Estranged brothers are reunited over plans to develop the tower block where they grew up, but the desolate estate becomes a stage for reliving the events of one life-changing summer, forty years earlier.
Twins Aaron and Clive have been estranged for forty years. Aaron still lives in the empty, crumbling tower block on the riverside in Deptford where they grew up. Clive is a successful property developer, determined to turn the tower into luxury flats.
But Aaron is blocking the plan and their petty squabble becomes something much greater when two ghosts from the past – twins Annette and Christine – appear in the tower. At once, the desolate estate becomes a stage on which the events of one scorching summer are relived – a summer that shattered their lives, and changed everything forever…
Grim, evocative and exquisitely rendered, Fall is a story of friendship and family – of perception, fear and prejudice, the events that punctuate our journeys into adulthood, and the indelible scars they leave – a triumph of a novel that will affect you long after the final page has been turned.
Hi and welcome to my review of Fall!
Well, what can I tell you about this book other than I’ve fallen hard for it. There is just something about West Camel’s writing that is so very hard to identify, to quantify, but it mesmerises me, there is something inherently magical about it, and although there is nothing even remotely fantastical about the story, it does in fact have a kind of magic to it.
Essentially, Fall is a family drama. I’m loath to describe it that way: I don’t read family dramas, I don’t like family dramas, they’re just not my bag. However, after Attend, there was never any question I’d read whatever West Camel chose to write next and I picked up Fall with every confidence I’d enjoy it. Dear reader, I, the gal who doesn’t do family drama, bloody loved it.
Fall is the story of twin brothers, Aaron and Clive. The story goes back and forth between the seventies, when they were nigh on inseparable as teenage boys, and the present, with them in their sixties, not having had contact in forty years. I thoroughly enjoyed the historical thread, I think it captures the Zeitgeist admirably and I loved the interaction of the brothers, their symbiosis almost, but also their clashes, their relationship with their mum and their absent father. In the present day, that bond is clearly still there, although neither of them is willing to admit it. It’s a truly fascinating character study, which I enjoyed all the more because my dad is part of twins as well.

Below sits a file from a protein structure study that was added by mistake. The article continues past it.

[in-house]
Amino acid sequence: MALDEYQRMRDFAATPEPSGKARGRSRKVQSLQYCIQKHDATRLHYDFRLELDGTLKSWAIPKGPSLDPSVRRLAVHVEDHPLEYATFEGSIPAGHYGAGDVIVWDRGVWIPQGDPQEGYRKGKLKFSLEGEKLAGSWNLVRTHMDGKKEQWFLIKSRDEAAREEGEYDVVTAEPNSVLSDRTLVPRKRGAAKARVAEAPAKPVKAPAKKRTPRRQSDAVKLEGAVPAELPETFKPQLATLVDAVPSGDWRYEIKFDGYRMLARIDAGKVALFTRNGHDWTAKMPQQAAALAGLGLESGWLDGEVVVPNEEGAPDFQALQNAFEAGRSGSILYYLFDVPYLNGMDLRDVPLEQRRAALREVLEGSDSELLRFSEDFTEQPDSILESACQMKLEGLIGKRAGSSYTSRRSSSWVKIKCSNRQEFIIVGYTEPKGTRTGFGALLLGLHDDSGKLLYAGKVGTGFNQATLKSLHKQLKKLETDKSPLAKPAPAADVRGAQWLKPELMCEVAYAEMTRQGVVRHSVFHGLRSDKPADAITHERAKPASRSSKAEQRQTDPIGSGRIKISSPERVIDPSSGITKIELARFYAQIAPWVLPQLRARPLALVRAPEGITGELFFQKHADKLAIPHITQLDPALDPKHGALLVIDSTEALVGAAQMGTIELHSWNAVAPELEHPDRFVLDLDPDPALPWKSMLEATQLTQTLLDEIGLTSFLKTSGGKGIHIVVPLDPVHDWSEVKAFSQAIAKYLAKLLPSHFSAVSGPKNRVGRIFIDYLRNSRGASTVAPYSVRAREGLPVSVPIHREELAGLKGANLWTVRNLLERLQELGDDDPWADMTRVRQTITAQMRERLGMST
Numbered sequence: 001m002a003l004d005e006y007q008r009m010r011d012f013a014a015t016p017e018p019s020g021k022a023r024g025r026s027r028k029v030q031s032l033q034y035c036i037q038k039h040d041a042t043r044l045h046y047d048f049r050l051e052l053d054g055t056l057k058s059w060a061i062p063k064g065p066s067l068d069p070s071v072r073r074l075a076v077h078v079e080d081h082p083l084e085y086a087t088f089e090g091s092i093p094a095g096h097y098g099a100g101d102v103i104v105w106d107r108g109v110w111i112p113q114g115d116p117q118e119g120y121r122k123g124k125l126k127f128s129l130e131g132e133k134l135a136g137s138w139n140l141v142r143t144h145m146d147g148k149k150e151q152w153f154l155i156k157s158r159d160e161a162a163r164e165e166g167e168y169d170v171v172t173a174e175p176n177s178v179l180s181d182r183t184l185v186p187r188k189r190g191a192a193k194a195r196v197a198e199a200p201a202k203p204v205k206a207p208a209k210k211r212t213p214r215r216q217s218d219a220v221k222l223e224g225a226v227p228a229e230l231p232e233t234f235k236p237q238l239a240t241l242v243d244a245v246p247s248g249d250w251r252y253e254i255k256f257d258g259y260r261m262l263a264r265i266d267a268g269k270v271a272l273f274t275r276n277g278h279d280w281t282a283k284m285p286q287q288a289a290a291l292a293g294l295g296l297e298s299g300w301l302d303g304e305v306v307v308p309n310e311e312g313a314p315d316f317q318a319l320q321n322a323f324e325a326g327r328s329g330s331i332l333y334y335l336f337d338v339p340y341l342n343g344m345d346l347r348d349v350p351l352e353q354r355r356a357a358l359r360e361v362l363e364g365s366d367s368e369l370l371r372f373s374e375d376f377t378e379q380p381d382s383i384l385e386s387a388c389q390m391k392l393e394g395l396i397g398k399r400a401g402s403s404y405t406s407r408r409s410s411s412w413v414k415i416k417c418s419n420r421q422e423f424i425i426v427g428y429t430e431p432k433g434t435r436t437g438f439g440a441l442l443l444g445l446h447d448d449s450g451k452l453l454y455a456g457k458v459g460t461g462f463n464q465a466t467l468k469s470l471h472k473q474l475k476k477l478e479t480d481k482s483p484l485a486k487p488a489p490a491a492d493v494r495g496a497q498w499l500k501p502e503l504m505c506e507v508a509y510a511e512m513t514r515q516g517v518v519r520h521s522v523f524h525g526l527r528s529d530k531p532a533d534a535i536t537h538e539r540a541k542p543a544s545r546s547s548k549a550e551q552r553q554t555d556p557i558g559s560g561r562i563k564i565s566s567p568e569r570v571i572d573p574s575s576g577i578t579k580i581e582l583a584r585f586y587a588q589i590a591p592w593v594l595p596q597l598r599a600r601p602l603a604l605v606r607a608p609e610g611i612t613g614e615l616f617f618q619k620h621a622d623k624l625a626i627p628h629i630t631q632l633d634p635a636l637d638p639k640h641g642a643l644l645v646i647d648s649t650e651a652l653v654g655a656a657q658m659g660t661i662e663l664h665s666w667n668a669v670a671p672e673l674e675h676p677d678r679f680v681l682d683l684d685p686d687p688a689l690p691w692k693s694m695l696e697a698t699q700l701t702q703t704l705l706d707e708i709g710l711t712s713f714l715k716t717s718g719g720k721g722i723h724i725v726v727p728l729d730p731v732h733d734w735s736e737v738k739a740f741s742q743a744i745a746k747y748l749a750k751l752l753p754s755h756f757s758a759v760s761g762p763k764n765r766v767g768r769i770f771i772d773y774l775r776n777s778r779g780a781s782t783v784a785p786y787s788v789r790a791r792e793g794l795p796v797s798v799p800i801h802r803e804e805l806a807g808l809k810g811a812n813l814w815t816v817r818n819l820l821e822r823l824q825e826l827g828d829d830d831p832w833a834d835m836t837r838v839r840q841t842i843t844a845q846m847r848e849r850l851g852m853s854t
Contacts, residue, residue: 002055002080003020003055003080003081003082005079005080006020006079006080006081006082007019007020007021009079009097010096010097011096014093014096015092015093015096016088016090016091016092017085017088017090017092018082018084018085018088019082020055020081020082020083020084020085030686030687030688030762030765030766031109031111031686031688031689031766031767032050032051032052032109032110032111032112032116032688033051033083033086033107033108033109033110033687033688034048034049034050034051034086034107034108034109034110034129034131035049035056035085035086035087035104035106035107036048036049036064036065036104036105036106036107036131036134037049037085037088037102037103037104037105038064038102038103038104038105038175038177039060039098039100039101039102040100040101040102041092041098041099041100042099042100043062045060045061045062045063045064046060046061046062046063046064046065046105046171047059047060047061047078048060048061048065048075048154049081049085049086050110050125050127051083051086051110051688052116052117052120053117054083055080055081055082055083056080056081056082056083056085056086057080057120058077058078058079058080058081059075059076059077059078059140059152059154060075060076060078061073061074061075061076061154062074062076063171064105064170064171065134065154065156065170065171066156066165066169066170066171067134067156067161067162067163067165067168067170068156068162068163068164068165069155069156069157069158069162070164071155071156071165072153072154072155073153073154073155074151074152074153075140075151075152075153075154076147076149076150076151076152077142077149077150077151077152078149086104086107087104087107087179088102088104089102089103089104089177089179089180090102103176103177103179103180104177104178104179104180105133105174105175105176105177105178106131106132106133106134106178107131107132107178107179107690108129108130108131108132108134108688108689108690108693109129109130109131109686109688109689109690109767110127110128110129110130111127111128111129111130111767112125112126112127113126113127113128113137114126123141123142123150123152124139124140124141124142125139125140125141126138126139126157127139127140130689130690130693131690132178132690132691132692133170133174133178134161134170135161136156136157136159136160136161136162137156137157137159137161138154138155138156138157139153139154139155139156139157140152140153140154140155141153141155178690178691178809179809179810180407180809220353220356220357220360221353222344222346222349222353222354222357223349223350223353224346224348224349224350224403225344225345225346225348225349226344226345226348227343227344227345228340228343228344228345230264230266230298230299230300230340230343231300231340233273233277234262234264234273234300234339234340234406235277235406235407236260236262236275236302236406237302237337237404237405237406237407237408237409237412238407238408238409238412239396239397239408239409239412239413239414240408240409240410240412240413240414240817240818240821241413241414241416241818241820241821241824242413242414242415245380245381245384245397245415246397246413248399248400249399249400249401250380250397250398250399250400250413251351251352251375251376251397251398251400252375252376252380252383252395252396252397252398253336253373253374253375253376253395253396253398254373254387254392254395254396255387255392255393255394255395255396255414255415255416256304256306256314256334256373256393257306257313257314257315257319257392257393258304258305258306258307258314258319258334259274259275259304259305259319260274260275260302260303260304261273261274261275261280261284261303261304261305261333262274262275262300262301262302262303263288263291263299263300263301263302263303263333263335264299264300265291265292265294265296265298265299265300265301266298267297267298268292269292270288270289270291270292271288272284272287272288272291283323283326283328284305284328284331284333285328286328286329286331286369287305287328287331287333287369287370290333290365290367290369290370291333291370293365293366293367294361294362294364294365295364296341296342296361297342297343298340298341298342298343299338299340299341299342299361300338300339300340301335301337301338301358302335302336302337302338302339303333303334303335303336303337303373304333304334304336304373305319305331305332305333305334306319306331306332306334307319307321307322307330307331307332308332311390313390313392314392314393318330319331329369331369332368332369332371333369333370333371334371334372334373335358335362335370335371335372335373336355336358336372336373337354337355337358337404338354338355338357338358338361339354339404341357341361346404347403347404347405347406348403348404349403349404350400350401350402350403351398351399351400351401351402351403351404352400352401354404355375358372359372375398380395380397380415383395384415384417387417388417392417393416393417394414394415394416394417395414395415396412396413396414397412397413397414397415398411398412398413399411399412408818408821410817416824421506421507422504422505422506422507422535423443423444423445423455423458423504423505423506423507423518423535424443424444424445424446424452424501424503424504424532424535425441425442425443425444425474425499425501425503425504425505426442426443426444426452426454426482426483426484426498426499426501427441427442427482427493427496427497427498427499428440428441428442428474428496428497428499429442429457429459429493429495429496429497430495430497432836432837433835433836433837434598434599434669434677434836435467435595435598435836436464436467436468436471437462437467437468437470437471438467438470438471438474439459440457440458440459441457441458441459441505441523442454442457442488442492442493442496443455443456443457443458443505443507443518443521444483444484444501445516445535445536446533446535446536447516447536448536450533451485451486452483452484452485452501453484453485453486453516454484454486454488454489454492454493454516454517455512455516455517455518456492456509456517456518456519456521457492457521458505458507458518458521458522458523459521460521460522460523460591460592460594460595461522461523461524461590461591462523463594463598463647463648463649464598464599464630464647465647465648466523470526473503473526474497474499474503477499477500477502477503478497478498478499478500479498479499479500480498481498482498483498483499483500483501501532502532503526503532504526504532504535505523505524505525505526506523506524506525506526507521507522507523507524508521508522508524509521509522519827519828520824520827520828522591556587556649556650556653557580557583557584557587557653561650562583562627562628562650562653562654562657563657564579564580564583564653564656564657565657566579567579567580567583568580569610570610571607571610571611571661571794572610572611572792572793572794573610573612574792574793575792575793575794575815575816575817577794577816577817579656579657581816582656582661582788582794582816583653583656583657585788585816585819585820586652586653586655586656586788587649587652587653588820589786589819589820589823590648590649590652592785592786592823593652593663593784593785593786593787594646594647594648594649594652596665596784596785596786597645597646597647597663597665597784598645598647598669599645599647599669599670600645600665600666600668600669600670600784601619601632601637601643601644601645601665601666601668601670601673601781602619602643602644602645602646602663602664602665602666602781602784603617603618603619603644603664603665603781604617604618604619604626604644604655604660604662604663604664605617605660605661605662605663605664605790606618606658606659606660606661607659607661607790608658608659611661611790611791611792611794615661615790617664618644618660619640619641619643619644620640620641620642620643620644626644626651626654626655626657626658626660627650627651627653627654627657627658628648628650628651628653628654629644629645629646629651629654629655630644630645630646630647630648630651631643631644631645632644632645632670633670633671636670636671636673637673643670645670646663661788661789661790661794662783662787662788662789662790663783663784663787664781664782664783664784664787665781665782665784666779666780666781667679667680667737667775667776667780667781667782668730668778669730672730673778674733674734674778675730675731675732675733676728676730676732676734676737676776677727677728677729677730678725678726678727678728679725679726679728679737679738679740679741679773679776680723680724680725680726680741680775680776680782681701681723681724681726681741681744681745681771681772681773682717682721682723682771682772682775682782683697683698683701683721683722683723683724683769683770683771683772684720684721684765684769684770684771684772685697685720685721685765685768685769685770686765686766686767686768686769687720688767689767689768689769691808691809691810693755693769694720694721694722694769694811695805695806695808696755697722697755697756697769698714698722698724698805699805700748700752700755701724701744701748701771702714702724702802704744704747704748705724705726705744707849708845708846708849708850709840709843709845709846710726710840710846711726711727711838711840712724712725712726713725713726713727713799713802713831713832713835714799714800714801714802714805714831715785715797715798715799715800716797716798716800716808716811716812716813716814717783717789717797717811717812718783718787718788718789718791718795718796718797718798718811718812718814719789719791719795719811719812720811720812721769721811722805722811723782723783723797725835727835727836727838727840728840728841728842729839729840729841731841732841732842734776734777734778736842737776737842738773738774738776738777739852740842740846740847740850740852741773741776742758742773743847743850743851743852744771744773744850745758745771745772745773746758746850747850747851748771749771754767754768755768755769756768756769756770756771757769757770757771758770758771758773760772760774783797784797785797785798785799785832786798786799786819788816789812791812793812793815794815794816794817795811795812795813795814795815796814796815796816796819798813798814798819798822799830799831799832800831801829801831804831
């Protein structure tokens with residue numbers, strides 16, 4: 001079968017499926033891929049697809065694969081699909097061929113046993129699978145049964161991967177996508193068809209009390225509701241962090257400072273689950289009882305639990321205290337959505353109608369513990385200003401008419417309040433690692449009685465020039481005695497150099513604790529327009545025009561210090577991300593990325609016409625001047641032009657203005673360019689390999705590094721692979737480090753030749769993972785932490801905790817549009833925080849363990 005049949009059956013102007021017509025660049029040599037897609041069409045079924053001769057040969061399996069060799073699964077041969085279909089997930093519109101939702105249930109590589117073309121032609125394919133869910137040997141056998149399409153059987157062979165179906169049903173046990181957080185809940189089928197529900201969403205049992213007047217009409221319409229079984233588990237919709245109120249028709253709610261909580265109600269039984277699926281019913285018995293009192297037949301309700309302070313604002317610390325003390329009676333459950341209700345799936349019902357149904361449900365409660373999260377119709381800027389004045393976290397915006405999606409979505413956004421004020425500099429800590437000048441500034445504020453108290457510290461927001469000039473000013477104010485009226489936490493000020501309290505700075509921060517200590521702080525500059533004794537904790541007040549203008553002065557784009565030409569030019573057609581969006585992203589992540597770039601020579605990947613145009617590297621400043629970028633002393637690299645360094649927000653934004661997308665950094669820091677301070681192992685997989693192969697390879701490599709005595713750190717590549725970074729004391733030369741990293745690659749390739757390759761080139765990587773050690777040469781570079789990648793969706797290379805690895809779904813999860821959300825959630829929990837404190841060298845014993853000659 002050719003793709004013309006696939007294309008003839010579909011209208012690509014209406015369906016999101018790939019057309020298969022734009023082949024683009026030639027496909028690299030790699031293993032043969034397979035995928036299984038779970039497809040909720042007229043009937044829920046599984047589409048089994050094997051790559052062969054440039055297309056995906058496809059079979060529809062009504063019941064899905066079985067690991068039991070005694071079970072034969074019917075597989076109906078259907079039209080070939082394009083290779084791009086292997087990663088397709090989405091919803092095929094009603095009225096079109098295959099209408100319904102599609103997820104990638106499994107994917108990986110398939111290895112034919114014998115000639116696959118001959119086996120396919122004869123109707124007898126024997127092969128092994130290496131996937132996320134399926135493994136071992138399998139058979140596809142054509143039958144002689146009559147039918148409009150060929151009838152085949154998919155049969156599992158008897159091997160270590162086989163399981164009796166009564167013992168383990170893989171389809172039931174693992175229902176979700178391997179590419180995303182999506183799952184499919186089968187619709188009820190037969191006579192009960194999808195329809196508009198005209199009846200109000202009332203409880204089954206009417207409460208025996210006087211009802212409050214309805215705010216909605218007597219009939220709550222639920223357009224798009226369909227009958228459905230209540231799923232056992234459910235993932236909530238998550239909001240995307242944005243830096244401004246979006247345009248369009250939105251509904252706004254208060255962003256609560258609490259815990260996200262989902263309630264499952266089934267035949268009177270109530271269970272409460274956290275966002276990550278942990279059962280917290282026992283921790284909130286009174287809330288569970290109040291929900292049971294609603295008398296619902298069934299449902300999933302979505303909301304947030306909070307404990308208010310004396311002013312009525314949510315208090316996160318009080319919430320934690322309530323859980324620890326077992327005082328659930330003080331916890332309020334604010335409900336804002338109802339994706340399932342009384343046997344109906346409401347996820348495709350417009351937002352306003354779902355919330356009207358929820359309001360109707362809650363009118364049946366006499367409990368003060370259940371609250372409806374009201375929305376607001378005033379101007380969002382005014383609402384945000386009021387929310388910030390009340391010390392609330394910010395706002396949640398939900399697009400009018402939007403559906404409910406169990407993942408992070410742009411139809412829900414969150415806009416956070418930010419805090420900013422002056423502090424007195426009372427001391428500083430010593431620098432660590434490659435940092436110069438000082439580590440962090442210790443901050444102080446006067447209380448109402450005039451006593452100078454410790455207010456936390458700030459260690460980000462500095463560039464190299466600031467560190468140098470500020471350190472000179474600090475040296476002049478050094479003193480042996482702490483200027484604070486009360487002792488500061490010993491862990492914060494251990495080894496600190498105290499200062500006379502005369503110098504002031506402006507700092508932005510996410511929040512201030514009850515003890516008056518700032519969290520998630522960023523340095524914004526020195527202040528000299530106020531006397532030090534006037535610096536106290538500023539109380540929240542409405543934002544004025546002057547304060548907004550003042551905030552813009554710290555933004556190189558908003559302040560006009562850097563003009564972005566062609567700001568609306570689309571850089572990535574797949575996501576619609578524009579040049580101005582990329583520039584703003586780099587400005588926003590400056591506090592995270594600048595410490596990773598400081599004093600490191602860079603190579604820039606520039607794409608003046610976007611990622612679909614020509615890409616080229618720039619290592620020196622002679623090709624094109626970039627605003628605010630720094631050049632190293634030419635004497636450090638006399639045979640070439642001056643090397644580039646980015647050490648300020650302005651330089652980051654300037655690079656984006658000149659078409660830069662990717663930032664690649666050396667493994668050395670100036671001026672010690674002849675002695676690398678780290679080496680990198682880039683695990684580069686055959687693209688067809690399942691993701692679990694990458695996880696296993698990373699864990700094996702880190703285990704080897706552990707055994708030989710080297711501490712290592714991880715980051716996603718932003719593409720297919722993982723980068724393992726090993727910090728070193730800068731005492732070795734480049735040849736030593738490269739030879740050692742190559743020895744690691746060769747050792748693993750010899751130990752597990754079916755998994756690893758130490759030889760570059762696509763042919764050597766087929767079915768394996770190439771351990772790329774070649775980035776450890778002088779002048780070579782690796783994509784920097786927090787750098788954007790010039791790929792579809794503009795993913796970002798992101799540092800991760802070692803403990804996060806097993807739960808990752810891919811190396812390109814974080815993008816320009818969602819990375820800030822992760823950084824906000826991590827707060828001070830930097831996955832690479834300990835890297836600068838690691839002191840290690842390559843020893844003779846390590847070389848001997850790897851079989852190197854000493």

I was eager to find out what caused the rift between the twins, and whether they would be able to surmount it. And what about those other twins, the more elusive duo Annette and Christine, who caused such consternation back in the day, basically because they were black girls living in a white estate. Fall is not exactly a thriller but it does have all the elements I adore in thrillers: all the mystery, all the suspense, a possible murder, and excellent characterisation to boot.
Fall drew me in from the very first sentence and held me captive until the very last. And both start and finish had me in goosebumps, such is the beauty of West Camel’s writing. Fall is an absolutely beautiful story, quite hard in places because it doesn’t shy away from some tough themes, racism being the one that stood out most for me, but it also touches on issues like motherhood vs professional success and the sacrifices one is willing to make.
Fall is not set in winter, on the contrary, a large chunk of it is set in summer, still it feels like the perfect story to curl up with on the sofa on a gloomy winter’s day and have its sentences whisk you away. Recommended.
Massive thanks to Orenda Books for the gorgeous proof. All opinions are my own.